As the Pittsburgh Penguins were putting the finishing touches on their 15th consecutive win Saturday afternoon, the Bruins were putting the finishing touches on arguably their worst showing of the season.
And we’re all supposed to be shocked and dismayed that Jarome Iginla picked the Pens over the B’s?
The Bruins, despite coming off their final two-day break this season, sleepwalked through the first and second periods on Saturday en route to a 3-1 loss to the Flyers. That’s the same Flyers team, mind you, that the Bruins had defeated in 11 of their last 13 meetings, including the playoffs. It’s also the same Flyers team that came in riding a four-game losing streak. It was the same Flyers team that sits 14th in the Eastern Conference.
Once again, the Bruins were missing effort and execution from the game’s opening faceoff. They haven’t scored a first-period goal in six consecutive games. They have fallen behind 2-0 in their last four games. That’s why it should come as no surprise that the club is now just 2-4-1 in its last seven games.
“But again, you fall behind again, and you’re playing catch-up hockey,” Boston head coach Claude Julien said. “It’s catching up to us. Always having to come from behind is not always easy at this stage.”
As has been the case for much of the season, the root of the struggles can likely be looked at in the offensive end. The Bruins continue to struggle offensively, and that only compounds early-game struggles. There’s no way this team is going to make winning a regular thing falling behind early so often. There just isn’t enough offensive firepower.
And when there is some sort of firepower, it certainly isn’t widespread. Nathan Horton capped a (very relatively speaking) strong game from the first line by scoring the team’s first and only goal in the third period. That top line generated a handful of chances, but the club didn’t get much of anything else from the other three lines. That sort of inconsistency is going to be expected when you have a third and fourth line that really hasn’t contributed all season. So then you’re calling on your top six forwards to produce together on a regular basis, which just hasn’t happened this season aside from two or three games.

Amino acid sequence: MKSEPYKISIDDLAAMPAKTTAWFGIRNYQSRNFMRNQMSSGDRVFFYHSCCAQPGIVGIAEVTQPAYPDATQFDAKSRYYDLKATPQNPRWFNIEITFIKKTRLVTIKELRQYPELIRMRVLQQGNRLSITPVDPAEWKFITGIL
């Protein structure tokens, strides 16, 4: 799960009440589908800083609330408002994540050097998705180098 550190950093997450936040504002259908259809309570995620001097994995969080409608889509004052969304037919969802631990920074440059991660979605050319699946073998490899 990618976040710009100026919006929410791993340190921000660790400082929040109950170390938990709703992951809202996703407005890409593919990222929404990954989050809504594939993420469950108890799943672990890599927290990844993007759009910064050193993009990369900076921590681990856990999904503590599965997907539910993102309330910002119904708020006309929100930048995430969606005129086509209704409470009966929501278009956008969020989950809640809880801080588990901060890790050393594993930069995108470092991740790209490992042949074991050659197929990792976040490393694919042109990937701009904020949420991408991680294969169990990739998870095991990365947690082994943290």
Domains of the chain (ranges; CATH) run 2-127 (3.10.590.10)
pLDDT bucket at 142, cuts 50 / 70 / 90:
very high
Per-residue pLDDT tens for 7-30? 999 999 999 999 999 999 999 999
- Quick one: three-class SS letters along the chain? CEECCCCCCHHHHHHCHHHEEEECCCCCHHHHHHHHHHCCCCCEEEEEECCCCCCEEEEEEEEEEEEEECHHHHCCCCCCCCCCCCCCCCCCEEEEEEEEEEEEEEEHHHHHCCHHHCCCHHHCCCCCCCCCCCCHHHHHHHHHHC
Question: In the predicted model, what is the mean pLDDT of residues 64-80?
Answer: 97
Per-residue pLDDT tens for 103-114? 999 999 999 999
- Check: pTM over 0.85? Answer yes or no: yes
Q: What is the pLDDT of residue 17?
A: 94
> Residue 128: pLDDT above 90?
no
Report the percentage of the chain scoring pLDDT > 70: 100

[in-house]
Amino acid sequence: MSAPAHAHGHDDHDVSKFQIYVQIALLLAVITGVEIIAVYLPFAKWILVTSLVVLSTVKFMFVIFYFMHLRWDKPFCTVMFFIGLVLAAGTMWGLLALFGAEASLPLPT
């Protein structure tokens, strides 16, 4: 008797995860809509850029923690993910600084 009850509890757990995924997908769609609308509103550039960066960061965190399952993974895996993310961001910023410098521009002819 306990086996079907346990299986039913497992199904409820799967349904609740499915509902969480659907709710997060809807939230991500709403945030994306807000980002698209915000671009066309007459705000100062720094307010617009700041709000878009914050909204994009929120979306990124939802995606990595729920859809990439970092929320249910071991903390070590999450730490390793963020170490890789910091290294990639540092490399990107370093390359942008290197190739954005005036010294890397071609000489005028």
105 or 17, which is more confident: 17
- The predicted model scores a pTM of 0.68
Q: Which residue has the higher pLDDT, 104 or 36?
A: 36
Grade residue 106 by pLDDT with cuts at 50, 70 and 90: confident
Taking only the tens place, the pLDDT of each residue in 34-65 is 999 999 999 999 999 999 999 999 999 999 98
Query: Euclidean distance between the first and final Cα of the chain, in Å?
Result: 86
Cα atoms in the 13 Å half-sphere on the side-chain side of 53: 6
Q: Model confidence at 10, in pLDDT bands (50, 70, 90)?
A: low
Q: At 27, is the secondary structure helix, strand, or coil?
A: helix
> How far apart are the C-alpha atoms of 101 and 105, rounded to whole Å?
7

But a lot of it comes back to effort, and the Bruins aren’t getting that right now. We saw that when they really turn up the effort, they can generate chances. That’s exactly how they got the Horton goal, as he passed it across the ice and then went straight to the net on the off-wing. Traffic in front made things difficult for Ilya Bryzgalov, and Horton was there to jam in the rebound.
That’s the type of effort the players need to give on a more consistent basis, not just when they fall behind by two goals in the early going. Boston played about 10 minutes of desperate hockey on Saturday afternoon, which is far too little. This team isn’t talented enough, at least as it’s currently constituted, to give such sporadic efforts. The 60-minute effort is paramount for a team of the Bruins’ skill set, and right now, they’re just not getting that. It’s not even close, really.
Increased effort will lead to increased execution. That much was apparent in the third period. Boston forwards skated their lanes, and they skated them hard. All of a sudden, breakout passes were sharper and smoother. That’s what they need more of right now, and until they start skating and playing with a greater sense of urgency, the inconsistency will continue.
Catch-up hockey isn’t winning hockey. Neither is inconsistent hockey, nor lethargic hockey. Yet that’s where the Bruins are at right now. If they don’t turn all three around (or undergo some sort of roster shakeup) they can expect the disappointment to continue. With the playoffs just around the corner, something needs to give.